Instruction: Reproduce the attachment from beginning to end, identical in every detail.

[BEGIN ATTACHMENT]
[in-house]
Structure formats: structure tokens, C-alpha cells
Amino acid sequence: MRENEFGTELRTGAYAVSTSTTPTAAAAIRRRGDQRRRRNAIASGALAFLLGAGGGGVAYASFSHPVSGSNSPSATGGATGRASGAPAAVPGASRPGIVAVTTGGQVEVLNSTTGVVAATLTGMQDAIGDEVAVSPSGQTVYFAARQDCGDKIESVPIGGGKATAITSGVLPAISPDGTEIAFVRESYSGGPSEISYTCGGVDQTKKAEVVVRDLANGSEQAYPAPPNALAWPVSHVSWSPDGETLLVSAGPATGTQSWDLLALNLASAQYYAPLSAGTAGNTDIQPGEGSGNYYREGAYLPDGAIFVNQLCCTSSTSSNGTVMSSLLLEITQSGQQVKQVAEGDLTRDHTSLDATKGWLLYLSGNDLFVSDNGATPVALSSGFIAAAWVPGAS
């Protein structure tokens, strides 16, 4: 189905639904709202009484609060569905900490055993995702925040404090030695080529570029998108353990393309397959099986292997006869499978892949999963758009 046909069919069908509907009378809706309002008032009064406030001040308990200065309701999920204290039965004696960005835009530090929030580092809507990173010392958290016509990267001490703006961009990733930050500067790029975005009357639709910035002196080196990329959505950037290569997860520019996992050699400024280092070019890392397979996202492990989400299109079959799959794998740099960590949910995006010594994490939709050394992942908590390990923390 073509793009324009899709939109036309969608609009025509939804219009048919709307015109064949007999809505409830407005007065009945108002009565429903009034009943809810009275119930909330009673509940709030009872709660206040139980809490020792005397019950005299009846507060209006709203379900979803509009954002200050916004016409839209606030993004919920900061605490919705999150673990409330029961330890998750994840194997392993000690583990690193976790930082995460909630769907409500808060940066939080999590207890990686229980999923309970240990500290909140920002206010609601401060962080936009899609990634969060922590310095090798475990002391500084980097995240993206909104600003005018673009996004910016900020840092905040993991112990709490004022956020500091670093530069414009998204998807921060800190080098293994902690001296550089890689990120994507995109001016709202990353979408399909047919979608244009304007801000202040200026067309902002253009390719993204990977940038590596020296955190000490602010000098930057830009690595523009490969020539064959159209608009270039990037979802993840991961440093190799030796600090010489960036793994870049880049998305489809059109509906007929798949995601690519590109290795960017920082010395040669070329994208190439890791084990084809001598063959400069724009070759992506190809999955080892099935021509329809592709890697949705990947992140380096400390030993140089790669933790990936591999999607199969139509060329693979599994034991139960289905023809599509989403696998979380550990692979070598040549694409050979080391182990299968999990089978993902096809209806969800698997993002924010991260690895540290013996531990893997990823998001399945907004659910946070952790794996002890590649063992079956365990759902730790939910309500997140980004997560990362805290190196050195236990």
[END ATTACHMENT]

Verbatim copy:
[in-house]
Structure formats: structure tokens, C-alpha cells
Amino acid sequence: MRENEFGTELRTGAYAVSTSTTPTAAAAIRRRGDQRRRRNAIASGALAFLLGAGGGGVAYASFSHPVSGSNSPSATGGATGRASGAPAAVPGASRPGIVAVTTGGQVEVLNSTTGVVAATLTGMQDAIGDEVAVSPSGQTVYFAARQDCGDKIESVPIGGGKATAITSGVLPAISPDGTEIAFVRESYSGGPSEISYTCGGVDQTKKAEVVVRDLANGSEQAYPAPPNALAWPVSHVSWSPDGETLLVSAGPATGTQSWDLLALNLASAQYYAPLSAGTAGNTDIQPGEGSGNYYREGAYLPDGAIFVNQLCCTSSTSSNGTVMSSLLLEITQSGQQVKQVAEGDLTRDHTSLDATKGWLLYLSGNDLFVSDNGATPVALSSGFIAAAWVPGAS
């Protein structure tokens, strides 16, 4: 189905639904709202009484609060569905900490055993995702925040404090030695080529570029998108353990393309397959099986292997006869499978892949999963758009 046909069919069908509907009378809706309002008032009064406030001040308990200065309701999920204290039965004696960005835009530090929030580092809507990173010392958290016509990267001490703006961009990733930050500067790029975005009357639709910035002196080196990329959505950037290569997860520019996992050699400024280092070019890392397979996202492990989400299109079959799959794998740099960590949910995006010594994490939709050394992942908590390990923390 073509793009324009899709939109036309969608609009025509939804219009048919709307015109064949007999809505409830407005007065009945108002009565429903009034009943809810009275119930909330009673509940709030009872709660206040139980809490020792005397019950005299009846507060209006709203379900979803509009954002200050916004016409839209606030993004919920900061605490919705999150673990409330029961330890998750994840194997392993000690583990690193976790930082995460909630769907409500808060940066939080999590207890990686229980999923309970240990500290909140920002206010609601401060962080936009899609990634969060922590310095090798475990002391500084980097995240993206909104600003005018673009996004910016900020840092905040993991112990709490004022956020500091670093530069414009998204998807921060800190080098293994902690001296550089890689990120994507995109001016709202990353979408399909047919979608244009304007801000202040200026067309902002253009390719993204990977940038590596020296955190000490602010000098930057830009690595523009490969020539064959159209608009270039990037979802993840991961440093190799030796600090010489960036793994870049880049998305489809059109509906007929798949995601690519590109290795960017920082010395040669070329994208190439890791084990084809001598063959400069724009070759992506190809999955080892099935021509329809592709890697949705990947992140380096400390030993140089790669933790990936591999999607199969139509060329693979599994034991139960289905023809599509989403696998979380550990692979070598040549694409050979080391182990299968999990089978993902096809209806969800698997993002924010991260690895540290013996531990893997990823998001399945907004659910946070952790794996002890590649063992079956365990759902730790939910309500997140980004997560990362805290190196050195236990």